Pedro Ximenez sherries are unctuously sweet and thick. I would compare them to a Tokaji in terms of body and sweetness. Made solely from the Pedro Ximenez grape, these sherries are frequently referred to as PX and are best suited as a dessert. Like a Tokaji, I would recommend pairing PX with a sharp blue cheese like valdeon.

Fried Green Tomatoes in Savannah, GA


Ever since their national introduction via Hollywood in 1992, fried green tomatoes have had a deep, historical association with the American south. Before the explosion of its movie namesake, the crisp-coated unripe tomatoes were not considered an essential component of Dixie fare. The movie spurred consumer demand, effectively creating a new market out of thin air. This is not to say that the film “Fried Green Tomatoes” created a new dish. Fried green tomatoes have their roots in Jewish cooking and eventually spread to the Midwest and Northeast. The supposed staple of the South was served infrequently throughout America before 1992, becoming an integral part of southern culture after the movie’s release. Southerners experience a collective amnesia surrounding the origins of this food, with several menus and culinary blogs concocting elaborate creation tales.

Southerners have varying tastes but strong opinions on adaptations of this fare. Attempting to find the best representation on a recent visit to Savannah, Ga., yielded an overwhelming amount of different recommendations. Savannah is a restaurant town, and each one has their particular take on this frittered fruit. Uncovering the secret behind a good fried green tomato was more straightforward. Polling numerous native southerners on what determines the success of this dish resulted in one resounding answer: the batter. People discussed the crunch, consistency of breading, and overall lightness or heaviness of the crust. John, of Liquid Sands Glass Gallery and a southern native, waxed poetic on “…their candied sweetness and their crunch.” Kim, an employee an esteemed Savannah hotel, referred to the “…light, crunchy breading,” used at several waterfront restaurants as her favorite feature of this meal.

In the south, a green tomato is an un-ripened tomato. Some heirloom varieties are naturally green when ripe, but the creation of this dish calls for young, beefsteak tomatoes that have never turned red. Traditionally, slices of this adolescent fruit are dunked in a buttermilk and egg mixture, coated in a cornmeal and flour mixture, and then skillet fried in hot vegetable oil. Toppings vary, with most recipes leaving the main ingredient unadorned; however the enthusiasts interviewed in Savannah strongly recommend a sauce or chutney to pair with the star attraction.

After sampling different variations of this dish across the city, one preparation stood out. Belford’s is frequently cited as a top contender for the title of Best Fried Green Tomatoes in Savannah. Head chef Chris Adgate explains that Belford’s tomatoes are soaked in buttermilk for “…at least four hours before cooking.” Following this marinade, the fruit slices are coated in House-Autry Mills breading, an ingredient with deep Southern roots, before deep frying at 375 degrees. Adgate instructs his chefs to “… fry them till they’re done,” a process which usually takes about four minutes. Once removed from the fryer, the tomatoes are topped with a fresh, herbal arugula pesto and a side of spicy and creamy pimento cheese. The combination of House-Autry breading and deep frying instead of skillet frying results in an interpretation unlike any other in town. Rather than a coarse and textured exterior, the breading on these tomatoes is smooth and light. The clean flavors of the arugula pesto cut through the decadent, crispy breading while the cheese adds an unexpected kick.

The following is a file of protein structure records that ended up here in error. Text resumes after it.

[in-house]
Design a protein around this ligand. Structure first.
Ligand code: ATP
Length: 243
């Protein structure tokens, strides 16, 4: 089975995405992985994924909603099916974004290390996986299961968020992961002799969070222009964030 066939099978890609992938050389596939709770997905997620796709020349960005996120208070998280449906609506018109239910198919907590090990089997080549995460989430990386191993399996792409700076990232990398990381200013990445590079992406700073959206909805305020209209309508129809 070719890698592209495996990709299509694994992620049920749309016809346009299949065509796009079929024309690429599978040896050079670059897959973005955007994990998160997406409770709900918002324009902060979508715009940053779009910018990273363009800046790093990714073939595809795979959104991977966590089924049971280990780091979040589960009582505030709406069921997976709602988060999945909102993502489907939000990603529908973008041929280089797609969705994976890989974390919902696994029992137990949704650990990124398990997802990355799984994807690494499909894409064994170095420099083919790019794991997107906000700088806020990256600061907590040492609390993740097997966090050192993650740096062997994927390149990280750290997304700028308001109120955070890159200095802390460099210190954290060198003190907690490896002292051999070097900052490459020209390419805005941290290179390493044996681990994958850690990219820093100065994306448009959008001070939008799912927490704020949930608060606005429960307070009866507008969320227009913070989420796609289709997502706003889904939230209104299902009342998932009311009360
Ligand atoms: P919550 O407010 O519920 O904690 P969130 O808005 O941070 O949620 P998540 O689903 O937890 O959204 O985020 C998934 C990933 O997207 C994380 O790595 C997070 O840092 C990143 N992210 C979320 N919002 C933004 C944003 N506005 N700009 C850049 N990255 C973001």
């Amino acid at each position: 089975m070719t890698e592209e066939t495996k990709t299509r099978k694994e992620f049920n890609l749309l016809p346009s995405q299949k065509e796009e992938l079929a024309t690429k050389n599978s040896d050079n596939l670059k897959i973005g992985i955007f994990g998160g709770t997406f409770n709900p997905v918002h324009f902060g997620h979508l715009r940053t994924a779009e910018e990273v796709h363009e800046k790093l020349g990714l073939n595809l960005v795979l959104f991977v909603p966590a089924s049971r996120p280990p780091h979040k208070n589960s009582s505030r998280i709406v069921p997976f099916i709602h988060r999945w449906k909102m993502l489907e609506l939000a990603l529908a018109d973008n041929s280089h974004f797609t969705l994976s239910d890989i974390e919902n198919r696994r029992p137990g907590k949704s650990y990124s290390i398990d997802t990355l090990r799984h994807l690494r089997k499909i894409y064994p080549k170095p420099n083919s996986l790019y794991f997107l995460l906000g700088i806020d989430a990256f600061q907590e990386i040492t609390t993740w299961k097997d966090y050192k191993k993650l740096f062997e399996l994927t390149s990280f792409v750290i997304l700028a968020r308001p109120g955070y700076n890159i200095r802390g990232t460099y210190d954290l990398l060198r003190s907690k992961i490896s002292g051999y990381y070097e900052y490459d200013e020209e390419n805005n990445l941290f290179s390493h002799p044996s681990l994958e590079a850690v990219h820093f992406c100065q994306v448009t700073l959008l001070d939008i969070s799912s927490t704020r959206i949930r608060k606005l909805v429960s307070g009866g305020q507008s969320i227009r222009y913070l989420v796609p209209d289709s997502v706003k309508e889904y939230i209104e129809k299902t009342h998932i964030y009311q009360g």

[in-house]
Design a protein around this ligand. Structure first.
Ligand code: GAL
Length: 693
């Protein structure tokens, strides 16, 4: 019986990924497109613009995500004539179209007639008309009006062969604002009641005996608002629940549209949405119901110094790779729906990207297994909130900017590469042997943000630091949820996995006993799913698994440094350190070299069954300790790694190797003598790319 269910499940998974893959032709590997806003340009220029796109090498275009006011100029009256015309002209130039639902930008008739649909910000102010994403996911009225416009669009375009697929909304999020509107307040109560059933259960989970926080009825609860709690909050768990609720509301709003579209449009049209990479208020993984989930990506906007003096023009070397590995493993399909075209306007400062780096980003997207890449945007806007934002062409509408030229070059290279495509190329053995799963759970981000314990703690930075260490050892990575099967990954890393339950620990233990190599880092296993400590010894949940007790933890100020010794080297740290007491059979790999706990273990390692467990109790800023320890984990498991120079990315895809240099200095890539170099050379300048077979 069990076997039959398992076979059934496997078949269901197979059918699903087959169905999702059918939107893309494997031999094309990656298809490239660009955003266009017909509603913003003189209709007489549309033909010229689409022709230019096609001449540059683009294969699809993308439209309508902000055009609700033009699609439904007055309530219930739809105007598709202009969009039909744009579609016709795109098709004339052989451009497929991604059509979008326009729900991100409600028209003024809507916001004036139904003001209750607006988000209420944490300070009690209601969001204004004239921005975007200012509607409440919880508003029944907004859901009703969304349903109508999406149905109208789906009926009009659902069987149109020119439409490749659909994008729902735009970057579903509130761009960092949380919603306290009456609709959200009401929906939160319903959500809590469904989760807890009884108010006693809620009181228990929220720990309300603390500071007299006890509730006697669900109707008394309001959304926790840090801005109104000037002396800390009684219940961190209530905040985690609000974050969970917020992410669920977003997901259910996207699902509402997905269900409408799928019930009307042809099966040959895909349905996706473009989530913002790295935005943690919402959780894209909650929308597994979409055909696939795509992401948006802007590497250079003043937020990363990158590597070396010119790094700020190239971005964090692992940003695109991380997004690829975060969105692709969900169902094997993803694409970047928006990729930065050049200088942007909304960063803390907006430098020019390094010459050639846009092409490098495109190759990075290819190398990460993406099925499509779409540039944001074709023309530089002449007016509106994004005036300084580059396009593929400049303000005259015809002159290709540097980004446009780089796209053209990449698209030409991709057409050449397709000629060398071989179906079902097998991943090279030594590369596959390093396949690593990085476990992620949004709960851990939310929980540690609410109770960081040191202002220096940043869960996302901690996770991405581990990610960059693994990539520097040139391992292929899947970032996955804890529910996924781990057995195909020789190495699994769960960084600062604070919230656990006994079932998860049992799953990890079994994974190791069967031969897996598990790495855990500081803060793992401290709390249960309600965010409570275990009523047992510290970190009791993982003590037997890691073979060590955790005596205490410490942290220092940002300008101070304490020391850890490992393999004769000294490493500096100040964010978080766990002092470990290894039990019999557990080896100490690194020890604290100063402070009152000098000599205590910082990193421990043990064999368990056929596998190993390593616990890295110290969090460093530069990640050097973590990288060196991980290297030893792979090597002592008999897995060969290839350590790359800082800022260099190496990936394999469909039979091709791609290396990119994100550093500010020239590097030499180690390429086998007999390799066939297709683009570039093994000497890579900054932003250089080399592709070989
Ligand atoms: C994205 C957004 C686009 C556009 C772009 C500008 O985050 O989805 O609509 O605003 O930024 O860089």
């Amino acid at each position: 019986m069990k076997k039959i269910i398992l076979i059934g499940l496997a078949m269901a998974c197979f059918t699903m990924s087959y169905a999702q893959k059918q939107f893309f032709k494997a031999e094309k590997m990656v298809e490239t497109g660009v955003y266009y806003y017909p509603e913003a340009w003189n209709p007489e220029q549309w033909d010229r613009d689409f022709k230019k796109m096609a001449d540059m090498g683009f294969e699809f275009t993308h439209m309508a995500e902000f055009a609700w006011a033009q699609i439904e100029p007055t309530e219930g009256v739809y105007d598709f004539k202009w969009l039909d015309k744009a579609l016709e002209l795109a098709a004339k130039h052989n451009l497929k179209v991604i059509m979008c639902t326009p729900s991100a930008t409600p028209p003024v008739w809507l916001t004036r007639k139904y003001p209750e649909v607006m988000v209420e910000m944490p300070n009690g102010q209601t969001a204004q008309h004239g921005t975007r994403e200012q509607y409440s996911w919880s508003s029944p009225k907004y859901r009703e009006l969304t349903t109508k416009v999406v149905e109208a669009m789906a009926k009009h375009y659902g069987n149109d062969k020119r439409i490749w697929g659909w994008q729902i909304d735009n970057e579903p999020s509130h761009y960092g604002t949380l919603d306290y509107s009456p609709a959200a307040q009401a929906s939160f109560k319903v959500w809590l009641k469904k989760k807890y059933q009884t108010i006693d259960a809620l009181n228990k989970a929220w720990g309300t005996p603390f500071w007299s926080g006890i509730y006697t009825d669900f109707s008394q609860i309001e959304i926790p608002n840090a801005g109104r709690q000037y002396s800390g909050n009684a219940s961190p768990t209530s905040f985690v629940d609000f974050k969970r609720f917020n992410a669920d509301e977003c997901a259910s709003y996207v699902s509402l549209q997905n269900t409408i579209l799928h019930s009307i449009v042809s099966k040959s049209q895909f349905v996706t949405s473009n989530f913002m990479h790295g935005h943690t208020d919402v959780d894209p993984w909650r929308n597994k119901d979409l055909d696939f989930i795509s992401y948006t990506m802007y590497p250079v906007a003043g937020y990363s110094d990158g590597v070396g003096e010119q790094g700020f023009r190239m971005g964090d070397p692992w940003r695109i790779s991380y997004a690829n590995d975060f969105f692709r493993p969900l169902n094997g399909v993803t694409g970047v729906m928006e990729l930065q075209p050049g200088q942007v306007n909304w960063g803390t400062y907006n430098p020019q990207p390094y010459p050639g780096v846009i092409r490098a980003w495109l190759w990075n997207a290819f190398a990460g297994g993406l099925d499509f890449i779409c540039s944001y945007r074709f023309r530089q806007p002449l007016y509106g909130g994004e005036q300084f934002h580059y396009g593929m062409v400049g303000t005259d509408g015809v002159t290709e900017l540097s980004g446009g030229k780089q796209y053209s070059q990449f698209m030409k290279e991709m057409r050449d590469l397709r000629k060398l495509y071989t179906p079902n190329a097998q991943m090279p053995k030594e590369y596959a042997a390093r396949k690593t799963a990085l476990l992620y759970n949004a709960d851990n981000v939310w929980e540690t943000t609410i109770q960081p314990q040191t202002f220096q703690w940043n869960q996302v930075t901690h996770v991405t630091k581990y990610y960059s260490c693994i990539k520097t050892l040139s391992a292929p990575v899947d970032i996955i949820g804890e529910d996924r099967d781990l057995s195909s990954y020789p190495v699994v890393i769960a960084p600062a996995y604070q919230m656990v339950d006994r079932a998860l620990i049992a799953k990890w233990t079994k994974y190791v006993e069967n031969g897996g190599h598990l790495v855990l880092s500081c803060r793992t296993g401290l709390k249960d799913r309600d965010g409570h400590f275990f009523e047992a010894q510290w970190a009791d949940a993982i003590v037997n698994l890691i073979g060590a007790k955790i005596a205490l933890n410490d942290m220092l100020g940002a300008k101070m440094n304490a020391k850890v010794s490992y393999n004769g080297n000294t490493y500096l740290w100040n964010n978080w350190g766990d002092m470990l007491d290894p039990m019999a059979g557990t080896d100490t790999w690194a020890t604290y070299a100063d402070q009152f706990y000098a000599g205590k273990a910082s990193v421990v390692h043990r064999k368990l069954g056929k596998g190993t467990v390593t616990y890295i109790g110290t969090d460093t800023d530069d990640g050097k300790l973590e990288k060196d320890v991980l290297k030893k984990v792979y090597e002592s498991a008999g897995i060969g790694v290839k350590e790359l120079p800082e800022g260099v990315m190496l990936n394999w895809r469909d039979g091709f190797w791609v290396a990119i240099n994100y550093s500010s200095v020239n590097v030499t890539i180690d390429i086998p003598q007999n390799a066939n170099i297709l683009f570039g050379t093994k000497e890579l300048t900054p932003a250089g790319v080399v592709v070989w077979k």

Belford's Fried Green Tomatoes

Belford’s Fried Green Tomatoes

John, a waiter at Noble Fare, and a self-described connoisseur of this dish, recommends several tips to ensure a successful at-home preparation. A double batter helps provide the desired crunch, and making sure the oil is hot enough keeps tomatoes from getting soggy. While toppings and sauces are important, “… batter is key,” and Fuller’s top piece of advice is to “…choose a good breading agent.” While Belford’s uses a finely milled breading resulting in a lighter, smoother coating, Fuller recommends Italian breadcrumbs. This approach is used by a number of Savannah restaurants, with panko or coarse Italian breadcrumbs replacing the traditional textured cornmeal. Vic’s on the River employs this technique, combining a golden fried panko coating with ripe tomato relish, fresh goat cheese, and mild green onions on top of traditional southern grits. The thick tomato slices are coated in an egg wash followed by panko and then skillet fried. While very tasty, the breading on Vic’s interpretation seems heavy and gummy compared to the exceptionally light coating at Belford’s.

Vic's Fried Green Tomatoes

Vic’s Fried Green Tomatoes

All across town, chefs are making the dish their own with innovative batters and toppings. From beer-batter to shrimp remoulade, each tries to put a unique spin on this Southern ‘classic’. The South may not have created fried green tomatoes, but it has perfected them.

o ya in five courses


Last week I treated myself to dinner at o ya, as a late birthday gift.  Eating at o ya is an experience.  The restaurant entrance is marked by a small sign and tucked away to the building’s side.  Walking through a heavy wooden door plunges patrons into a tranquil and ambient environment.  Diners travel along a stone walkway to an anteroom housing the hostess stand.  A rectangular dining area is located to the left of this room and laterally divided, with the back reserved for tables and a sushi bar in front.

Sitting at the bar is the only way to go.  The level of showmanship displayed by nimble sushi artists heightens the dining experience and helps create a one-of-a-kind atmosphere.  Each dish is painstakingly prepared by hand.  Ingredients are sliced, torched, drizzled, and stacked to create the perfect plate.